Jonathan Levi’s exhilarating and complex novel “Septimania” follows an organ tuner and Cambridge graduate student who learns that he has inherited an ancient European kingdom.
by Jonathan Levi
Overlook Press, 336 pp., $27.95
Reading Jonathan Levi’s new novel, “Septimania,” is like dancing on a moving stage; it’s exhilarating, even as you worry that your feet might fly out from under you.
Its story careens from one century to another, while keeping two central characters as a touchpoint: Malory, an organ tuner and Cambridge grad student who’s spent the past 10 years avoiding his doctoral thesis on Sir Isaac Newton, and Louiza, a fellow student and math genius who cheerfully takes his virginity, in a church loft, on a sunny March afternoon in 1978. And then she disappears.
Levi, a native New Yorker now based in Rome, has had his own version of a literary disappearing act: “Septimania” is his first novel since his 1992 debut, “A Guide for the Perplexed.” (He hasn’t been idle: Levi is the co-founder of Granta, the former fiction critic for the Los Angeles Times, and a composer, playwright and producer.) Perhaps he’s missed writing fiction; you sense, between the lines, a real zest for creation, with a narrative voice that sometimes seems to be happily revising as it goes along. In that church, we’re told, “[a] curtain, or better still, a gentle waterfall of light flowed down from the beveled slats of the roof …”
The author of “Septimania” will appear at 7 p.m. Thursday April 14 at the Seattle Public Library, 1000 Fourth Ave., Seattle. Free (206-386-4636; spl.org).
“Septimania” is, however, anything but a straightforward narrative, and those without a taste for magic and fantasy may give up midway through. Once we get past that romantic interlude in Cambridge, in the early pages, the stage starts moving: Malory, off to Rome in pursuit of both Louiza and the wishes of his dead grandmother, learns that he is the heir to Septimania, a kingdom given by Charlemagne to the Jews in the eight century, and therefore he is both King of the Jews and Holy Roman Emperor. (Septimania is a real place: Its origins live on in the present-day Catalonia region of Spain. Malory is, of course, fiction.)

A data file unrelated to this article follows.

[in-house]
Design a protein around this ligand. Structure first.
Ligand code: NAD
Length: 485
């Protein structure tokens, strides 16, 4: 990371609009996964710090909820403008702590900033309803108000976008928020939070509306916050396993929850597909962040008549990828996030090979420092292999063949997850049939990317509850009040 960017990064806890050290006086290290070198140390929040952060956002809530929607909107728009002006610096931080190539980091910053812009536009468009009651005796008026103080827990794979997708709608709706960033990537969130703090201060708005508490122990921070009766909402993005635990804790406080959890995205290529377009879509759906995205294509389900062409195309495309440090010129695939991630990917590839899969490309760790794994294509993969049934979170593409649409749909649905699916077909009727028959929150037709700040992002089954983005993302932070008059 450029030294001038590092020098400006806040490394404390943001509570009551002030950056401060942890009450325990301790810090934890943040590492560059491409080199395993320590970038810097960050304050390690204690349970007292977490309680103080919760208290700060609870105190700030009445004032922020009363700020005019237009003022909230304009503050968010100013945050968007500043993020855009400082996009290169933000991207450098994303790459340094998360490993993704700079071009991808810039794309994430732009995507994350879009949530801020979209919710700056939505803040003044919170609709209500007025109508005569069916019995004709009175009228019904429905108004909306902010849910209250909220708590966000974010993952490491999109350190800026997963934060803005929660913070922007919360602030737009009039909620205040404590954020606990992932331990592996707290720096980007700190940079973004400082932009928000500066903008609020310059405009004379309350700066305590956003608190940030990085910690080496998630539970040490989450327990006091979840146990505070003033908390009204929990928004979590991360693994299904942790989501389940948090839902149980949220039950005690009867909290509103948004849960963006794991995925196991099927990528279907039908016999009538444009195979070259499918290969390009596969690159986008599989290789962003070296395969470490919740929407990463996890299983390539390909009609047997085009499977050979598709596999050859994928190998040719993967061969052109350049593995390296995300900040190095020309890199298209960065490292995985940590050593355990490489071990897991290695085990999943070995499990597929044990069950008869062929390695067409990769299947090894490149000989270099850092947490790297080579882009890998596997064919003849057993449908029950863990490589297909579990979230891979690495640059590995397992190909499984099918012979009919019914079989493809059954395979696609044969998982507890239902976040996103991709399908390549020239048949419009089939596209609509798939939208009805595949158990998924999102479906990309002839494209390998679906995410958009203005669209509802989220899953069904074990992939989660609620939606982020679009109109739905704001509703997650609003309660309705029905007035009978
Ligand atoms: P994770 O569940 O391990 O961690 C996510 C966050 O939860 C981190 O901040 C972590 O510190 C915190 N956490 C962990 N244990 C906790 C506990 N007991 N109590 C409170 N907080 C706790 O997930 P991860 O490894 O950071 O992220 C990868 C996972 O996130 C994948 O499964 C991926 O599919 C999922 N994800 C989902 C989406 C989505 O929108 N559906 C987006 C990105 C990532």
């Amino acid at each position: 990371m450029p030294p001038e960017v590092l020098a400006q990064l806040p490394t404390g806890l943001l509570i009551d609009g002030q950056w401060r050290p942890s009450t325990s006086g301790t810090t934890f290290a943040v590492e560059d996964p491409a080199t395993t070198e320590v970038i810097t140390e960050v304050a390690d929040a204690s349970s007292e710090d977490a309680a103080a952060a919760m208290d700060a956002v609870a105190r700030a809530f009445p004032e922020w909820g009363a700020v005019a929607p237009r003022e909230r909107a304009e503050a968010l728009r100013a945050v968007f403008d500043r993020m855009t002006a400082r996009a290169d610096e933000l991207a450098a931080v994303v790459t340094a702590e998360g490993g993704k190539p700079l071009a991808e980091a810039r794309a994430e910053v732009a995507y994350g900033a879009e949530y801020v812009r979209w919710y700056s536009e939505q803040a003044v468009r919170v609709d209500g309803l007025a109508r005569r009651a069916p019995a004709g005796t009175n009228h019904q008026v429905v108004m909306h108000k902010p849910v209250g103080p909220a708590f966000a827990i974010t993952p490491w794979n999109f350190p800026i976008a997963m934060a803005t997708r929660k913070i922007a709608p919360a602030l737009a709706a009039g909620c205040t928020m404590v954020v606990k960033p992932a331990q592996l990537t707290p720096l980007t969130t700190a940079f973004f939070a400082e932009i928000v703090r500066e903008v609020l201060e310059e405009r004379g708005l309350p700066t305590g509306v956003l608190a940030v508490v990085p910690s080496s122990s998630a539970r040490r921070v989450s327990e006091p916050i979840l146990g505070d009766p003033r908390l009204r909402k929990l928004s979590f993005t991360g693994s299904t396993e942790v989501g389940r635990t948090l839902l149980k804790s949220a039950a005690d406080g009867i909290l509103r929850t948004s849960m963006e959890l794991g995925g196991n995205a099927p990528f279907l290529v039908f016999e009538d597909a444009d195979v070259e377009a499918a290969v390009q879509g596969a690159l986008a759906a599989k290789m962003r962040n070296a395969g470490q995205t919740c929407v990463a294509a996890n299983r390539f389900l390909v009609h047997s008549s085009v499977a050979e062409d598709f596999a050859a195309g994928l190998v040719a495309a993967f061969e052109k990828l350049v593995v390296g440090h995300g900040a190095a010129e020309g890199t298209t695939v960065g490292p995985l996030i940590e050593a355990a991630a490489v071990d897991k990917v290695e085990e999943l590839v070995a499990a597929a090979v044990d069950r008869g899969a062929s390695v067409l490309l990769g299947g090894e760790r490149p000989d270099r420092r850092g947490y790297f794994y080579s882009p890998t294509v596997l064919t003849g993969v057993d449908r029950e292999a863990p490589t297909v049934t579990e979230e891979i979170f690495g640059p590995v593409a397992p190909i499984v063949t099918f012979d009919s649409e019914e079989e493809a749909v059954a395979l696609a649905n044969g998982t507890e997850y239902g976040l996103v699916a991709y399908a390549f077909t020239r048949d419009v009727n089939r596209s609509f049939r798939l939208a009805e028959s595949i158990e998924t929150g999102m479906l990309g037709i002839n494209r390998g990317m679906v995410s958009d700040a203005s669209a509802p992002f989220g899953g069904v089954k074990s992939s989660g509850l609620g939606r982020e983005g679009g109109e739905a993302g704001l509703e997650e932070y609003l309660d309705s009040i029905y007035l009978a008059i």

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The novel alternates between brief seventeenth-century conversations with Newton and more-or-less contemporary chapters following Malory, Louiza and a handful of other characters, most notably a Rumanian experimental theater director, who offers to be the Virgil to Malory’s Dante — “I will help you find your Beatrice,” he says — and a young woman who may or may not be Malory and Louiza’s daughter. Along the way, real-life history flits in and out, both past and present (the events of 9/11 make a startling, vivid appearance).
This dizzying tale is told with a delicate, playful artistry: a kitchen is “bread-warm”; a guitar’s low, slow note approaches from a distance, “like a Ducati along the Lungotevere.” Levi writes especially lovingly about music and math, which illuminate, respectively, Malory and Louiza’s worlds, and hold answers to mysterious questions.
I won’t pretend that, after finishing “Septimania,” I wasn’t longing for a bite of fiction that was a bit more grounded. But the book haunted me, the way a painting does when you’re trying to figure how the artist created light. Consider this sentence, as Levi writes of a character’s death: “Then came a silence and then the prayers of the crickets and the mantras of the bullfrogs, as the fireflies — whose memories are the merest fraction of their brief lives — lit what was left of the world, until, giving way as it must to the law of gravity, the light circled back upon itself, licked its paws, crept into a box, let fall the lid and seal, and settled cold, extinguished, irreversible.”